Friday, November 09, 2018
We often find ourselves in the following situation, when it comes to a discussion or argument: we confront people with different ideas or perspectives to our own. We are arguing in good faith: we sincerely believe in our ideas and want to convey them to the other side, perhaps convincing them to change or alter their opinion.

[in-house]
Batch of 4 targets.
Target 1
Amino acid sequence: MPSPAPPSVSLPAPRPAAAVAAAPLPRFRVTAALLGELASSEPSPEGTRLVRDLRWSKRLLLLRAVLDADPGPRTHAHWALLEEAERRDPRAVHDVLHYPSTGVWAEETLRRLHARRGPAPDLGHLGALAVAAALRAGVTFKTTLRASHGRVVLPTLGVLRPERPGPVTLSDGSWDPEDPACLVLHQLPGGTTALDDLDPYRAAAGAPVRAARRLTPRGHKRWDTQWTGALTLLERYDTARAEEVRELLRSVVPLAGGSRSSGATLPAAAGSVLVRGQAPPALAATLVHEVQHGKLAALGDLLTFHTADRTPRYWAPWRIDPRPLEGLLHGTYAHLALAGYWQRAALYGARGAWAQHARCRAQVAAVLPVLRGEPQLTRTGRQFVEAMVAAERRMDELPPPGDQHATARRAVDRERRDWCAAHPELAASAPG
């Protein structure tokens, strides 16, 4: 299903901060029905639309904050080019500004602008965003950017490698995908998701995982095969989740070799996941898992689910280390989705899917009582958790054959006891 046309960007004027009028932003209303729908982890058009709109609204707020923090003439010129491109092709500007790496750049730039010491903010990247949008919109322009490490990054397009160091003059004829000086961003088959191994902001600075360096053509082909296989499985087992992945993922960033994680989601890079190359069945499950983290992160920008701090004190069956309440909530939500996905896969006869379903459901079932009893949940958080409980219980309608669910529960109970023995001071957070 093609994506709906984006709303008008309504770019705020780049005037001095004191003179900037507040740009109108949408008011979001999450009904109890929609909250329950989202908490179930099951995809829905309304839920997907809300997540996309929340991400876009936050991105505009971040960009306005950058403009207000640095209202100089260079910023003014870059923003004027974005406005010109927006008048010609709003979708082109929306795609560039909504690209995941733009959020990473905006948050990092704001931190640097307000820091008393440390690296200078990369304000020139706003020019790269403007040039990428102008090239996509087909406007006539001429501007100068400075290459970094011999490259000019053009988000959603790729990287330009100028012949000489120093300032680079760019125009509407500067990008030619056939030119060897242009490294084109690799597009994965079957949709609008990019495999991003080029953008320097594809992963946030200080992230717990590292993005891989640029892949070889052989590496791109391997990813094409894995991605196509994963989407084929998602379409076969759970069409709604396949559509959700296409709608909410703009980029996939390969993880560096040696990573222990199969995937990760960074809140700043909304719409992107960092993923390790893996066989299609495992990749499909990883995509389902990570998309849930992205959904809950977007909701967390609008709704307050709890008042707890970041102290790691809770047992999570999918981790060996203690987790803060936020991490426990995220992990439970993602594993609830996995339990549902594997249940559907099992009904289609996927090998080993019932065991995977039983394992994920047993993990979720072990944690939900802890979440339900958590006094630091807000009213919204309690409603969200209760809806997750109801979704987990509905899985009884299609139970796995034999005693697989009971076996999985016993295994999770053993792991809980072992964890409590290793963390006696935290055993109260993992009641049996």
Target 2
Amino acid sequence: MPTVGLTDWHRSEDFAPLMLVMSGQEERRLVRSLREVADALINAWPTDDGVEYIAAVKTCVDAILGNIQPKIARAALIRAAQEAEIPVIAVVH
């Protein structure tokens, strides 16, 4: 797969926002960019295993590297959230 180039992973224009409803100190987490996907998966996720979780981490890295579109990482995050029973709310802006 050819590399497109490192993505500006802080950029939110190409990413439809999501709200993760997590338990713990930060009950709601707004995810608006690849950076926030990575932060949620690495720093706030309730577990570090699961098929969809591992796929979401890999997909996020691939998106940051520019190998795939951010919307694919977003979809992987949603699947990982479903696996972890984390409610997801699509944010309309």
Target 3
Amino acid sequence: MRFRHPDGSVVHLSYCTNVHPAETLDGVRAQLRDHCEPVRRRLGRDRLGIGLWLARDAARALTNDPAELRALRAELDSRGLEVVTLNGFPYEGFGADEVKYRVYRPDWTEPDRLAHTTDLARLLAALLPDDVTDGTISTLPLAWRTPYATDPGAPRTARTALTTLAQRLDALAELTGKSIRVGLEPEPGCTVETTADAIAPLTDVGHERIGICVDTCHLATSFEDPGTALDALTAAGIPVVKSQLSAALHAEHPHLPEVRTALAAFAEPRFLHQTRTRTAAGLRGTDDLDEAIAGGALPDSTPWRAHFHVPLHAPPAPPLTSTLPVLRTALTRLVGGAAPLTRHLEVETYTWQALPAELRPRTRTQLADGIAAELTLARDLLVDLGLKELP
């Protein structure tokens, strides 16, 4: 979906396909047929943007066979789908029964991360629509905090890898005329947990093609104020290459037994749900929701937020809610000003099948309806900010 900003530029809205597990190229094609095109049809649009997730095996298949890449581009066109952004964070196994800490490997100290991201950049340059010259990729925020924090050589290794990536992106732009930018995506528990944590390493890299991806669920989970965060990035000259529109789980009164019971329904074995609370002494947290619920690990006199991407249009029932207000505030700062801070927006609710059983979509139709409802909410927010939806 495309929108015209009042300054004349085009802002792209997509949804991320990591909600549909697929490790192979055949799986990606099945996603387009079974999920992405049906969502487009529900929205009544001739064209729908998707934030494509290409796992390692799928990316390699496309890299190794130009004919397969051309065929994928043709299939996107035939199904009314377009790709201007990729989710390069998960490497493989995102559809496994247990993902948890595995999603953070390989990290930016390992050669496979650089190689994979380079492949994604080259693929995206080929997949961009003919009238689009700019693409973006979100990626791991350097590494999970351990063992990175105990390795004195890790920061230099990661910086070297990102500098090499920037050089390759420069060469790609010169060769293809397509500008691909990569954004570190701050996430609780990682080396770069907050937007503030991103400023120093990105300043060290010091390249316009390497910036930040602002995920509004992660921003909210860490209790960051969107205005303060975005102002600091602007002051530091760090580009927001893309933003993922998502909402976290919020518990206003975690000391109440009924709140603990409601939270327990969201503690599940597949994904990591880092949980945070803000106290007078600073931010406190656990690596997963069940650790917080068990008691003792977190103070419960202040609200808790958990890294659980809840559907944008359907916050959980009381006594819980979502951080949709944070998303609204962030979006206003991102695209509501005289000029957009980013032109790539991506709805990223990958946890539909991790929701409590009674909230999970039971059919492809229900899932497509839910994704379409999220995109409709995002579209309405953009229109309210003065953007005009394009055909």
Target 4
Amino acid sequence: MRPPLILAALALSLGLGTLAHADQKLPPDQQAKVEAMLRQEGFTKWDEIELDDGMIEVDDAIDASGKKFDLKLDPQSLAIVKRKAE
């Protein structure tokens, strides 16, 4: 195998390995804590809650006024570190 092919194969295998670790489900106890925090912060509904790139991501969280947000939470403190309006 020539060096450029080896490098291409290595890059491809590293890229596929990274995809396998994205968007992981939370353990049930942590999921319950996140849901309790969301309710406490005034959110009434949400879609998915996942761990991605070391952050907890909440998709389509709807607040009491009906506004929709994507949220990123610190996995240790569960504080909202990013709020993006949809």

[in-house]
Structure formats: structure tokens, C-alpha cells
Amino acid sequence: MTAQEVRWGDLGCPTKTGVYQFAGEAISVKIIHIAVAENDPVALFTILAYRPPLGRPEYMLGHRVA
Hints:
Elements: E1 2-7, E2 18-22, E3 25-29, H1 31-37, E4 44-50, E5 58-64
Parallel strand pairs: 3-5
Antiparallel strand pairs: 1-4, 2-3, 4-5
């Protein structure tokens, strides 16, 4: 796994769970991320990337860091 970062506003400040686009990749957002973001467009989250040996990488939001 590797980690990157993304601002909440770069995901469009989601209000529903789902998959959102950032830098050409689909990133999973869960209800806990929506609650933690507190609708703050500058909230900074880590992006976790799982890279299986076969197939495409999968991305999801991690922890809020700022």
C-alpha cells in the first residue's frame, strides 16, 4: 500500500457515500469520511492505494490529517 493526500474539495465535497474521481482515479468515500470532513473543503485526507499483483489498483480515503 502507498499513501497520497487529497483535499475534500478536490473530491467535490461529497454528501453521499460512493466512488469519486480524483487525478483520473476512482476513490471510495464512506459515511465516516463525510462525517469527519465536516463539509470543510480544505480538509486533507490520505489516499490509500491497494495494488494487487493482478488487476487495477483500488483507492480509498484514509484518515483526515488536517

We lay out facts and evidence to bolster our opinion but slowly and subtly we find the discussion/argument veering in unexpected directions, becoming increasingly heated. Our ideas are challenged in a way that makes us emotional. We return their fire. It starts to get a bit personal. We begin to lose track of the original idea, weakening our own position as we get lost in tangents. In the end, we feel frustrated, angry, and sometimes even guilty for saying things we later regret. What has happened in this situation? Most often, we have locked horns with a type we shall call the passive-aggressive arguer. This type does not argue in good faith.
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